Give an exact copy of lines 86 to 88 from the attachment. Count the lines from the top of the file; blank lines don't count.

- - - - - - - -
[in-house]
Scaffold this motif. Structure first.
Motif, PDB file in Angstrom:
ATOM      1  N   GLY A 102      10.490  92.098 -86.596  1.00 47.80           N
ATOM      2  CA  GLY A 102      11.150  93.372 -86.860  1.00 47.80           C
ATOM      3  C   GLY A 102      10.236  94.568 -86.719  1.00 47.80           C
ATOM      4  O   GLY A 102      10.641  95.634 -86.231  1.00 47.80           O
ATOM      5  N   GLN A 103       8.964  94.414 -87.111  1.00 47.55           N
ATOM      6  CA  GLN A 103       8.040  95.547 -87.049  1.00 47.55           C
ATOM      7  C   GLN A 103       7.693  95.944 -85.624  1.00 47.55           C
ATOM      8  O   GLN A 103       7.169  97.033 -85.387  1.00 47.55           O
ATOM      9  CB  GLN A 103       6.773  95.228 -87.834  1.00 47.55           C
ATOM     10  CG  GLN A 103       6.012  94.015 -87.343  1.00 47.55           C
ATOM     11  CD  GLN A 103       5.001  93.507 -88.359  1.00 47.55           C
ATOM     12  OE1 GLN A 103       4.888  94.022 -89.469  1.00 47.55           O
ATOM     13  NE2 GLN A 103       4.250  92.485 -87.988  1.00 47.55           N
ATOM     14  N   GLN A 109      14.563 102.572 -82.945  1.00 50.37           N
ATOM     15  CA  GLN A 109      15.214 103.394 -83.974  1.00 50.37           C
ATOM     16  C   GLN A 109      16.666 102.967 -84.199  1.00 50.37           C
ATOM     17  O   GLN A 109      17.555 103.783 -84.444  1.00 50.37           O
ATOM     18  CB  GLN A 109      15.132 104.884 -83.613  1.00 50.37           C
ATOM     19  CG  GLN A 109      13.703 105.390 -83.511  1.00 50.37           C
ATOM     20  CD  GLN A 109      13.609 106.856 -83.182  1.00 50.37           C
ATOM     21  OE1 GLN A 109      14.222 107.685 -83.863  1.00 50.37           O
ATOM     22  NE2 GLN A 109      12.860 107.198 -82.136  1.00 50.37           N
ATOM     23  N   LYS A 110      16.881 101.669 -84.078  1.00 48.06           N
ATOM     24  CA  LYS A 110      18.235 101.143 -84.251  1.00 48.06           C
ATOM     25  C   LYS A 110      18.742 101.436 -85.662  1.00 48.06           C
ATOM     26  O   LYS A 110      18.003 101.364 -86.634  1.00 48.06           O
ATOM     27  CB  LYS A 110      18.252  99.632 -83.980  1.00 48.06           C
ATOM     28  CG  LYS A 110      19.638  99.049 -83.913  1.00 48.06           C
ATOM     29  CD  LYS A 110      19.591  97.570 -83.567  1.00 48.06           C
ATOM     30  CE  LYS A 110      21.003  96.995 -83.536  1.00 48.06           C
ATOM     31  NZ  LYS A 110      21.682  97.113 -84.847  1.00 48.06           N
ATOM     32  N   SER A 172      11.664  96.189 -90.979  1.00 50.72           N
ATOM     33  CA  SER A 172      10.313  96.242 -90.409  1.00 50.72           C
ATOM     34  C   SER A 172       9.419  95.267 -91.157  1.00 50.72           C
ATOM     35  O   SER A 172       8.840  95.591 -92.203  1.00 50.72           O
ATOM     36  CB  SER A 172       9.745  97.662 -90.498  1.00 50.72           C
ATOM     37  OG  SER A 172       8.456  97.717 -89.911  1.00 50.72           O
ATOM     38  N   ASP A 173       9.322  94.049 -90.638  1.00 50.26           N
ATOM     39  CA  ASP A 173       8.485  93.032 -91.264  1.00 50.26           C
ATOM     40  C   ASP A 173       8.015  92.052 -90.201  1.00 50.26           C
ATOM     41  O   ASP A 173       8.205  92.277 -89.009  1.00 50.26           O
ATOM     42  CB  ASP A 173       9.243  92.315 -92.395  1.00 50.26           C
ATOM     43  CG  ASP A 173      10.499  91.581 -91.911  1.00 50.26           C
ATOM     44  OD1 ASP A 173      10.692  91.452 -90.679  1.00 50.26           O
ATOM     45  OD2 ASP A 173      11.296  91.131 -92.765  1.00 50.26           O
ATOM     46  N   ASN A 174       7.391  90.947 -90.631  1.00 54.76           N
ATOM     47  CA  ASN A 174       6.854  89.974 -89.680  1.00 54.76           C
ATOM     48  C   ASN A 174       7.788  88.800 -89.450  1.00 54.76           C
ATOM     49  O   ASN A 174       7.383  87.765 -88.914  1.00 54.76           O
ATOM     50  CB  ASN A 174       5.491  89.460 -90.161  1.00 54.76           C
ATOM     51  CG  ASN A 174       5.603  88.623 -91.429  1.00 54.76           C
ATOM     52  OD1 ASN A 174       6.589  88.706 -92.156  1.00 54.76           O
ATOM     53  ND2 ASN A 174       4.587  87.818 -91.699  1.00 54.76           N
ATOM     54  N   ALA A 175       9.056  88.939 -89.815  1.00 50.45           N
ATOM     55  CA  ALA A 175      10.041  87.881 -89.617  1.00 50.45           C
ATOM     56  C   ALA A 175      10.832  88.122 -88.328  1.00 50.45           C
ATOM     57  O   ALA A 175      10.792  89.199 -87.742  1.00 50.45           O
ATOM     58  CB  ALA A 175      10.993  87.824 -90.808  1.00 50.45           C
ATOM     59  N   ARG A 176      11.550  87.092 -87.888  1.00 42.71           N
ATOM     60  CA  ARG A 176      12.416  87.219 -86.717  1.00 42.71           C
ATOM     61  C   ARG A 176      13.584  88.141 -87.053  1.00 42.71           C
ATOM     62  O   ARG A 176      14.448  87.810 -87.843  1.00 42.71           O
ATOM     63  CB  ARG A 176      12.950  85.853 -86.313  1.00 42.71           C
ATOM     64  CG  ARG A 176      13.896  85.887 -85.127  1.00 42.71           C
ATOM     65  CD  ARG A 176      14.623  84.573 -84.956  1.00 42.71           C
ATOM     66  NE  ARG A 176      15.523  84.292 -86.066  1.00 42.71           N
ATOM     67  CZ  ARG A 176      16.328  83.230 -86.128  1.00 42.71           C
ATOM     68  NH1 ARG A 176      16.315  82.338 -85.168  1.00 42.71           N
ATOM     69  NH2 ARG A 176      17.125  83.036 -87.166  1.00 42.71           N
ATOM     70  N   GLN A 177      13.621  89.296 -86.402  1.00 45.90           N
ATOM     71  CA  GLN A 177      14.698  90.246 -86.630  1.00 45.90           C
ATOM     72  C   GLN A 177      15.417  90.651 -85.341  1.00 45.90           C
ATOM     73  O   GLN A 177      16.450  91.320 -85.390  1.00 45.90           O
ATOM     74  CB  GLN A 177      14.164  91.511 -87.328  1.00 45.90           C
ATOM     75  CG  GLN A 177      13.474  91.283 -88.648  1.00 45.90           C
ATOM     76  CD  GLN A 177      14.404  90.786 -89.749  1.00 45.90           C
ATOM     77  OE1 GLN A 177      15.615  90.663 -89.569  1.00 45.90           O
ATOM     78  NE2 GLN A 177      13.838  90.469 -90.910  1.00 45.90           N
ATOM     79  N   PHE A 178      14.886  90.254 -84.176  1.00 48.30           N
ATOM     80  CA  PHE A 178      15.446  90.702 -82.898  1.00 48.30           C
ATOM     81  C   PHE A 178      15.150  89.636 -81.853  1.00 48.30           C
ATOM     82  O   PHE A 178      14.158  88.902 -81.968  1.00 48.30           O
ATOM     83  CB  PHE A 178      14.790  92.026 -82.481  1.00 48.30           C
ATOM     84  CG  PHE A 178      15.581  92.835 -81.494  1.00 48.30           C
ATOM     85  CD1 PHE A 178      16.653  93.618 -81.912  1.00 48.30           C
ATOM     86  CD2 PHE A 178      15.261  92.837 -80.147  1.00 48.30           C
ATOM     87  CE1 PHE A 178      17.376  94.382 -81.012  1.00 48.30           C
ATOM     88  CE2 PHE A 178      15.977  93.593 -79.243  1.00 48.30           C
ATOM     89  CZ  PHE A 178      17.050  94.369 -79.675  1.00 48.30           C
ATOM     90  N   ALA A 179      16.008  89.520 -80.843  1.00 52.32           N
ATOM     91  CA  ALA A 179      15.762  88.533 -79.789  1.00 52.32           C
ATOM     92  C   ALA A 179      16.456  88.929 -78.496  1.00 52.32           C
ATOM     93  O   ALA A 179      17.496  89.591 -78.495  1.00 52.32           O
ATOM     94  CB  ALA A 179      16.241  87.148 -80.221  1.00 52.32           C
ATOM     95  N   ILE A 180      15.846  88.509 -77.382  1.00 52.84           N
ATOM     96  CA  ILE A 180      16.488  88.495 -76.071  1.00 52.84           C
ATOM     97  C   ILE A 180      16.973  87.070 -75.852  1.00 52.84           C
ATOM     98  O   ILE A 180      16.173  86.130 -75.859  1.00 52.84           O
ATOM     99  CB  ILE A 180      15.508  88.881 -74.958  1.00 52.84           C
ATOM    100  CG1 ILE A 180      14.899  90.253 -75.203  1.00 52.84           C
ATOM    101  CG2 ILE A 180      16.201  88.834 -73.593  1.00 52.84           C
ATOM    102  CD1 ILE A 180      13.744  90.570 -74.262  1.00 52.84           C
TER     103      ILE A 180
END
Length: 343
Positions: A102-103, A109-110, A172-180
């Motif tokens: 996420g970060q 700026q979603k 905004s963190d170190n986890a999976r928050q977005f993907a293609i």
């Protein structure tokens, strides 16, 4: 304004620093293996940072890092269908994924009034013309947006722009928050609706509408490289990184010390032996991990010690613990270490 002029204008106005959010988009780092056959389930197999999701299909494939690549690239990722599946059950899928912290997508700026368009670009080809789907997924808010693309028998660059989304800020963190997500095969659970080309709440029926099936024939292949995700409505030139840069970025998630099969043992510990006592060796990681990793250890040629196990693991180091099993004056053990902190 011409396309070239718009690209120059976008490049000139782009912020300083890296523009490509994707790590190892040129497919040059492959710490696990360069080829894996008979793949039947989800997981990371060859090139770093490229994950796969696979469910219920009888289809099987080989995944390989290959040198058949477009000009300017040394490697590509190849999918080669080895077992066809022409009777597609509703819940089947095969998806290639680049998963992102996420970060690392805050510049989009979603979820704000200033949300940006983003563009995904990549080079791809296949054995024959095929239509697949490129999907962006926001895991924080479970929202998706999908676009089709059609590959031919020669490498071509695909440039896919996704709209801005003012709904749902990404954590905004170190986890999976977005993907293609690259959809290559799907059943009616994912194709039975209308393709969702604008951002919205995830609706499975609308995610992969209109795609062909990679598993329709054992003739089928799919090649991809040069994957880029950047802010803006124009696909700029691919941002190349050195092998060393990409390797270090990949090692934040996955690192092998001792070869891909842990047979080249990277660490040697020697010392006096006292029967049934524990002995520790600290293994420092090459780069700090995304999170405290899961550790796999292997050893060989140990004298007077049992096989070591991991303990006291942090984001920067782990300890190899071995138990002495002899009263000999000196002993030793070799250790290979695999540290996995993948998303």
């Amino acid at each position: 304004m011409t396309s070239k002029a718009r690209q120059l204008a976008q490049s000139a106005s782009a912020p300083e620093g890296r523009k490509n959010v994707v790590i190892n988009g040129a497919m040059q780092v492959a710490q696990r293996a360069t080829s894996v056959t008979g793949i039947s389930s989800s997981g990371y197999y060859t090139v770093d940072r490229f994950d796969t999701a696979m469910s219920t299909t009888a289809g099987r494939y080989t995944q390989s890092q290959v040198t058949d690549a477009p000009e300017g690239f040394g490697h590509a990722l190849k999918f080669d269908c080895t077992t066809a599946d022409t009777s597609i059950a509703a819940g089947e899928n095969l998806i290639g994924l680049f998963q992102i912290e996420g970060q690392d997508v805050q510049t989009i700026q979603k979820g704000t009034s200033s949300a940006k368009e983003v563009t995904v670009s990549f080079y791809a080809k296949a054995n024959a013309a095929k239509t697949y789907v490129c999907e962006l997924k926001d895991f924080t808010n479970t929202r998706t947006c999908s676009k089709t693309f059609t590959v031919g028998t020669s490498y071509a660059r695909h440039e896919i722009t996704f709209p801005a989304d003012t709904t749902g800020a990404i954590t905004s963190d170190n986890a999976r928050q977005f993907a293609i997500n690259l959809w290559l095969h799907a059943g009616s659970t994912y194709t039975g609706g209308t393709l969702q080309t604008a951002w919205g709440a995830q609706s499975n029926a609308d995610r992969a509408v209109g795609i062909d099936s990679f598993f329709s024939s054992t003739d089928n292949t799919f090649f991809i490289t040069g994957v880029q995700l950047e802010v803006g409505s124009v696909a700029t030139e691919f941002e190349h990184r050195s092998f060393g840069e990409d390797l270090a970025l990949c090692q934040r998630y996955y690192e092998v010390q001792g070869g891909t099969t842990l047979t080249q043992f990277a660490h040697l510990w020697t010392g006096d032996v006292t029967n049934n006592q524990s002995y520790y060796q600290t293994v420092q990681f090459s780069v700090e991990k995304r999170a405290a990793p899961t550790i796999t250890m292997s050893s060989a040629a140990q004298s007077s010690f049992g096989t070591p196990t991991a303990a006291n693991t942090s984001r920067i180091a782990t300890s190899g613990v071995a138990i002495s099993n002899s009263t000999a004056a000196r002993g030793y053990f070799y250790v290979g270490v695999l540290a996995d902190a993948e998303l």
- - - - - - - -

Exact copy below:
ATOM     83  CB  PHE A 178      14.790  92.026 -82.481  1.00 48.30           C
ATOM     84  CG  PHE A 178      15.581  92.835 -81.494  1.00 48.30           C
ATOM     85  CD1 PHE A 178      16.653  93.618 -81.912  1.00 48.30           C